last night i checked out the oregon symphony’s percussion spectacular show, and one thing’s for sure: i won’t be accusing their marketing team of false advertising. timpani, bass drum, cymbals, triangle, bells, bongos, castanets, cherleston, chocolo, claves, cow bells, crotales, guiro, snare drum, vibraphone, marimba, wood block, tambourine, maracas, whip (kinky!), temple blocks, tam-tam, tomtoms, glockenspiel, gourd, xylophone, celesta, chimes, rute, temple blocks, the elusive peking opera gong… i don’t know what half of this shit is, but it certainly was spectacular. being immersed in the kinetic energy of these instruments seemed to have affected the entire band, and as proof i offer you a description of the first five minutes of the concert: the house lights went down, peter frajola introduced concertmaster iwasaki as a great golfer, a beaming jun returned the compliment by patting peter on the head, the band galloped through Ludwig’s turkish march, it was announced the program order would be switched, chief percussionist deponte acted up in class, and maestro carlos actually uttered the phrase play the cucumber! for those of you who aren’t regular symphony-goers, let me assure you this is indeed an atypical start to a classical show.
if you happen to be reading this post expecting a comprehensive review of last night’s concert, it is my pleasure to now direct you to the excellent writing of james bash. don’t get me wrong, the carmen ballet music and the gershwin overture were both hot, but let’s not kid ourselves… the evening revolved around jennifer higdon’s percussion concerto performed by colin currie and the band. for good reason. every style of percussion is embraced within this 5-year-old composition, from appalachian washboard to japanese taiko to african drumming to western military to art blakey and everything in between. the inclusiveness of this music extends to how it’s played out… an unequivocal contemporary work which doesn’t shy away from the traditional concerto layout created hundreds of years ago – 3 predictable fast-slow-fast musical chapters that make room for the soloist to wail (i.e. “brilliantly execute a complicated cadenza”). the concerto emerges like a bullet train from a marimba tunnel, meanders through a dreamy chinese countryside, and reaches climax in the final pulsating minutes of triumph. and listening to it dozens of times at home did not dull me to the sheer energetic joy of the real deal. although it was hard to peel one’s eyes and ears away from colin as soloist, the band did not just serve as fancy auditory wallpaper; seems like every musician got to grab the momentary spotlight, especially the orchestra’s own percussionists who often volleyed unexpected rhythms back and forth with mr. currie. long story short, it was a primal 23-minute affirmation of life using the very first instruments we homo sapiens decided to create.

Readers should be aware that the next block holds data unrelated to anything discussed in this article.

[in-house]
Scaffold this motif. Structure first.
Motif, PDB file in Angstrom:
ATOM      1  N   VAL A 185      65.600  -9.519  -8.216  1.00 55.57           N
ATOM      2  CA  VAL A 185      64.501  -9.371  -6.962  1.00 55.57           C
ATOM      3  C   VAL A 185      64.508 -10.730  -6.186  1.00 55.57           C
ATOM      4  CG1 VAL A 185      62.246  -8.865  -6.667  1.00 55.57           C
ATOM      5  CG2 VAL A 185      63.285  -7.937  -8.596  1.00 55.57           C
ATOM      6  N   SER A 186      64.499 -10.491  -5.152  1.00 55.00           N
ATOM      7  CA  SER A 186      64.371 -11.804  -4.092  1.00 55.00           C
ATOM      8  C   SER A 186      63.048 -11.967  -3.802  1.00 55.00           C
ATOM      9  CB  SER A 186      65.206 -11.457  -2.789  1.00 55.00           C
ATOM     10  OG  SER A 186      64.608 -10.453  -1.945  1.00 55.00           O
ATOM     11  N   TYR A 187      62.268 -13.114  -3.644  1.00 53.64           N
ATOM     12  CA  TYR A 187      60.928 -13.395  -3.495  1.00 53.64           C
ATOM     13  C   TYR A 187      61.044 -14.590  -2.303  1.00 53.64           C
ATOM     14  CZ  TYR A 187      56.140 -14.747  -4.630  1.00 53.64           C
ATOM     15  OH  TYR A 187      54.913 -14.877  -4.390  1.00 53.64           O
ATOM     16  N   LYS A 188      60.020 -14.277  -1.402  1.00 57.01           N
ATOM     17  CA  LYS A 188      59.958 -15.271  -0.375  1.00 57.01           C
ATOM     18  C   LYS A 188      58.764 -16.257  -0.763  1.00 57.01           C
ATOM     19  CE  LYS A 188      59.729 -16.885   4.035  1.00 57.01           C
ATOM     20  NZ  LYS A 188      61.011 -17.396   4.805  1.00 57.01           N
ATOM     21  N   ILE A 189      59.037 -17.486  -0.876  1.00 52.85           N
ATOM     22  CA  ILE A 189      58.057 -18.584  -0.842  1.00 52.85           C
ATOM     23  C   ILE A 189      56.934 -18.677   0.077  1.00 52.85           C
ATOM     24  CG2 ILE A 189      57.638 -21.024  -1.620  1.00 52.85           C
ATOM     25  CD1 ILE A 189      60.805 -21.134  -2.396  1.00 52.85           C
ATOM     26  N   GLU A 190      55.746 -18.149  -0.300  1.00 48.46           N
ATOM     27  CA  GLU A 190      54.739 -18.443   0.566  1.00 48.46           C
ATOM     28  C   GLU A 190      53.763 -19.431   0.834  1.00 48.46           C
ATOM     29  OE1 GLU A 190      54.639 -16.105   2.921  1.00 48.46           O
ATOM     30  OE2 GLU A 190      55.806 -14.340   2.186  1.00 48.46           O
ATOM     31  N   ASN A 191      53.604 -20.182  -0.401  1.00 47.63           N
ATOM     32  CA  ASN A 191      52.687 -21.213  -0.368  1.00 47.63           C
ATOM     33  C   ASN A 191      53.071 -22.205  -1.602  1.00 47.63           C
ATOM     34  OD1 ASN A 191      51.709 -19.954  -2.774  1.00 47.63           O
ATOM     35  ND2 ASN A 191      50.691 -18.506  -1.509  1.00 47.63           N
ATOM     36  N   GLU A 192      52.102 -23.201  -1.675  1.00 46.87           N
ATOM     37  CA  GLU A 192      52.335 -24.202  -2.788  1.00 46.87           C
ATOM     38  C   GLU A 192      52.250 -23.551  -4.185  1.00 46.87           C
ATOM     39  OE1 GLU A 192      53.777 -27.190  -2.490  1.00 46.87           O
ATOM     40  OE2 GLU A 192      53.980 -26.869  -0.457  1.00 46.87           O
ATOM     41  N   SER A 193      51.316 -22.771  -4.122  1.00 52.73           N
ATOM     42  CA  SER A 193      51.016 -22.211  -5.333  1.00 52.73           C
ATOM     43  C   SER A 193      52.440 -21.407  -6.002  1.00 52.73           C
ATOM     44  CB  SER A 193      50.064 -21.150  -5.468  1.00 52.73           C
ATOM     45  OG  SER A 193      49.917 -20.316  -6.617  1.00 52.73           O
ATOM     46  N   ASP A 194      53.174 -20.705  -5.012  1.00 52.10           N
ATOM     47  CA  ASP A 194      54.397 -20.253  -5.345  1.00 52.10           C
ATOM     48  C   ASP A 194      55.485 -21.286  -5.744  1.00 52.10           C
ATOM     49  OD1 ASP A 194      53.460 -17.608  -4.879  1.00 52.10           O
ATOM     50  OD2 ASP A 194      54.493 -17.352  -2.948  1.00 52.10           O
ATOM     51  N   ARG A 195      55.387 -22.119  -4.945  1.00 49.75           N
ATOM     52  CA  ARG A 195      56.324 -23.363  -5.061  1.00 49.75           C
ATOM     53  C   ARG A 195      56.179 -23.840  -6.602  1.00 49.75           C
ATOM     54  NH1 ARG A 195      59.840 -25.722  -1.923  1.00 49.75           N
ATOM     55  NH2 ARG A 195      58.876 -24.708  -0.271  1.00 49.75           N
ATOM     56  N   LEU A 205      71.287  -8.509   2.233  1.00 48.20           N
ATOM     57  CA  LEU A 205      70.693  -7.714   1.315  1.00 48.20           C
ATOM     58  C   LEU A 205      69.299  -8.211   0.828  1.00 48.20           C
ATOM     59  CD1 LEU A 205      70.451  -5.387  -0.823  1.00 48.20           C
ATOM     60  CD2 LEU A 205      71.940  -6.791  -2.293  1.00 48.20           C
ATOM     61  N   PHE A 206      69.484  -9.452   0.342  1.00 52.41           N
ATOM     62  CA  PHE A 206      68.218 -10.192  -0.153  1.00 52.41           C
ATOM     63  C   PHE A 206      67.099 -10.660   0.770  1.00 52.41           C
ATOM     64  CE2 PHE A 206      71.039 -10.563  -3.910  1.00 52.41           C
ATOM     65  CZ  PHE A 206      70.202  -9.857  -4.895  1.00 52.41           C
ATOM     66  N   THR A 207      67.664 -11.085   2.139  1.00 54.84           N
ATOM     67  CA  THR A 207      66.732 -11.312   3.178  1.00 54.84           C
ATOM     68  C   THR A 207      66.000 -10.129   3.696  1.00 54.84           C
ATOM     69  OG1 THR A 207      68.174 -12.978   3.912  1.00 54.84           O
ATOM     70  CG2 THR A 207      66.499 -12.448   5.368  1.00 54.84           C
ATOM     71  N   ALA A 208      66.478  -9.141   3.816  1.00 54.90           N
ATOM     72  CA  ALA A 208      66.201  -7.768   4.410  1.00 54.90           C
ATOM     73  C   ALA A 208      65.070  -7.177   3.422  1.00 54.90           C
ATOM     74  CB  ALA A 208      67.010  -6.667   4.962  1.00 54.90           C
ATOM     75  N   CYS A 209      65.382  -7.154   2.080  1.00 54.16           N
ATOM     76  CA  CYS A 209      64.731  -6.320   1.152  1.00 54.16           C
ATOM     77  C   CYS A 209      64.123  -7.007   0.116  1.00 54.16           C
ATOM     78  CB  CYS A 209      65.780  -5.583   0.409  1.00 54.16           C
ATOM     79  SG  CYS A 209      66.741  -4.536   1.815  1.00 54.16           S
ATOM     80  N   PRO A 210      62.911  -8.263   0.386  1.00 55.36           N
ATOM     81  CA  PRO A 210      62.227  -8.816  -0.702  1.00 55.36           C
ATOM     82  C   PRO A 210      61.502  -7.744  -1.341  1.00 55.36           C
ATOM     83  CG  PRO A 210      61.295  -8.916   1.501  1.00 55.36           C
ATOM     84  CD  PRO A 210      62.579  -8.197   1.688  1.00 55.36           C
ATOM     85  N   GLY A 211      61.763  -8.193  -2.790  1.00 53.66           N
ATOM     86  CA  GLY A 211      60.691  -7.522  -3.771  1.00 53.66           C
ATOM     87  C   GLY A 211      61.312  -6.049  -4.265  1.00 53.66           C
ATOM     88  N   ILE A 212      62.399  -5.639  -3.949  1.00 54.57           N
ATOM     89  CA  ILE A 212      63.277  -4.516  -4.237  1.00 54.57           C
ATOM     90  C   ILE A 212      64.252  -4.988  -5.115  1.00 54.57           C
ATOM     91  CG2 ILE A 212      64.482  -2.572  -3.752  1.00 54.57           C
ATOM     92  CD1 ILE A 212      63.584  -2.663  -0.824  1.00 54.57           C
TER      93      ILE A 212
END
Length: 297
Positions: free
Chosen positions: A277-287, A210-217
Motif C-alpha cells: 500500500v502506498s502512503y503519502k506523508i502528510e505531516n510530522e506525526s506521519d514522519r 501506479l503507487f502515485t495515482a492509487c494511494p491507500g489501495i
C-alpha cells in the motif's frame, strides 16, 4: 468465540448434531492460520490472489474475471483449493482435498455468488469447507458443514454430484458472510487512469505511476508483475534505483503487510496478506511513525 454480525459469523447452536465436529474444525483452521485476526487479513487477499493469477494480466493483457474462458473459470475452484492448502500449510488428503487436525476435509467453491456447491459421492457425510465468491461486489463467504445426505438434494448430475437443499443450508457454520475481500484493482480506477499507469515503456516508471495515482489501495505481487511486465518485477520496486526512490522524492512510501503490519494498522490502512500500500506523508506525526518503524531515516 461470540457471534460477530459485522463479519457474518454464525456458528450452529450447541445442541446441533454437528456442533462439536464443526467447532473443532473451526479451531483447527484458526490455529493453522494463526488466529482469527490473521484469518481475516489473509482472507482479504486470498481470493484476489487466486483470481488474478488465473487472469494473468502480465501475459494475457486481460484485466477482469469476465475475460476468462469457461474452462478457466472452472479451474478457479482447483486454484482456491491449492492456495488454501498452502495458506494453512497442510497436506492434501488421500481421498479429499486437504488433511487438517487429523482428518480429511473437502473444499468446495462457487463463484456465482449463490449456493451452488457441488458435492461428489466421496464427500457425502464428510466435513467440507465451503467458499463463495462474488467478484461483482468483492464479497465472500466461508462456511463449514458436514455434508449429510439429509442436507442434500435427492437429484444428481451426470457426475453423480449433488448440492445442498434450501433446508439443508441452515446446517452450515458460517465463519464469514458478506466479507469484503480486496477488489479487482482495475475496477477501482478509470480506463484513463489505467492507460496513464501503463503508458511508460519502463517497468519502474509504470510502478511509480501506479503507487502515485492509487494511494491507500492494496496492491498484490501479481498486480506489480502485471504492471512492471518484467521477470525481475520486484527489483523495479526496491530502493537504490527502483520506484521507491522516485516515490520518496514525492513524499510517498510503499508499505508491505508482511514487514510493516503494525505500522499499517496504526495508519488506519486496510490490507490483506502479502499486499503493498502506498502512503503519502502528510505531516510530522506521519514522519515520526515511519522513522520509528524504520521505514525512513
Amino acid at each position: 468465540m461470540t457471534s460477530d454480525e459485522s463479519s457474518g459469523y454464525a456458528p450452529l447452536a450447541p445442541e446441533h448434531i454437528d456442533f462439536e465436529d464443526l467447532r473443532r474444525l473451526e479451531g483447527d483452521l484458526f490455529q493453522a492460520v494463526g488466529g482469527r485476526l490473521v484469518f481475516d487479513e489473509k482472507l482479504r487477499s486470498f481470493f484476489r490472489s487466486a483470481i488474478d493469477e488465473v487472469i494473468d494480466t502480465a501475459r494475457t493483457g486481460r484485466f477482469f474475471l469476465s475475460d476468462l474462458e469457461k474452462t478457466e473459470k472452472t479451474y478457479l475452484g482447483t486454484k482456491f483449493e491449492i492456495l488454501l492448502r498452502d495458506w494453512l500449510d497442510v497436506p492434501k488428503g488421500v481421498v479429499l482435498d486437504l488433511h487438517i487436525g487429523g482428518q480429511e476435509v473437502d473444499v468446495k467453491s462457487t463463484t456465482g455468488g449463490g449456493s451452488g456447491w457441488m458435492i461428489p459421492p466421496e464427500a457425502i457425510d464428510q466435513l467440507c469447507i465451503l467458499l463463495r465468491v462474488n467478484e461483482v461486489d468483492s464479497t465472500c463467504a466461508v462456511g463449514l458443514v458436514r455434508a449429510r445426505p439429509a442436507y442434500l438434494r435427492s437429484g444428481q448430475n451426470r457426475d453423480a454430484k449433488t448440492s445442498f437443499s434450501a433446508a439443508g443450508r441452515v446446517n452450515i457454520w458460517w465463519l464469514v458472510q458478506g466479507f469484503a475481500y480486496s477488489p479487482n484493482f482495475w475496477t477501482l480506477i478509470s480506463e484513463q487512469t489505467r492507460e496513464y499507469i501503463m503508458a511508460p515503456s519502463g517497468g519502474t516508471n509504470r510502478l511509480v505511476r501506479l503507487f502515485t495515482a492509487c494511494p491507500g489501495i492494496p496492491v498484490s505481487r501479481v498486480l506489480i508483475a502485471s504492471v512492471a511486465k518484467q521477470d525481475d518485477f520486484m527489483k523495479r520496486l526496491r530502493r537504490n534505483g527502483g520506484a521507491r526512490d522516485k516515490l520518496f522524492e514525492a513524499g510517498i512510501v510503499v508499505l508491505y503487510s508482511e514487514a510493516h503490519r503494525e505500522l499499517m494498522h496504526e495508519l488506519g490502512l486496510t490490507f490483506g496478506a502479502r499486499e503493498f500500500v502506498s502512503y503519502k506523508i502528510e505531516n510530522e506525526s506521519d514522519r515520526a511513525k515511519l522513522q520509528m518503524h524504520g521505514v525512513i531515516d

hey, speaking of life: shout out to dan, who underwent a very surreal open-heart surgery last week. the human heart is the ultimate rhythm section, and i am very relieved that my friend’s newly refurbished instrument is already keeping time quite nicely. to quote that timeless songstress tiffany quoting tommy james & the shondells: the beating of our hearts is the only sound. speedy healing dan!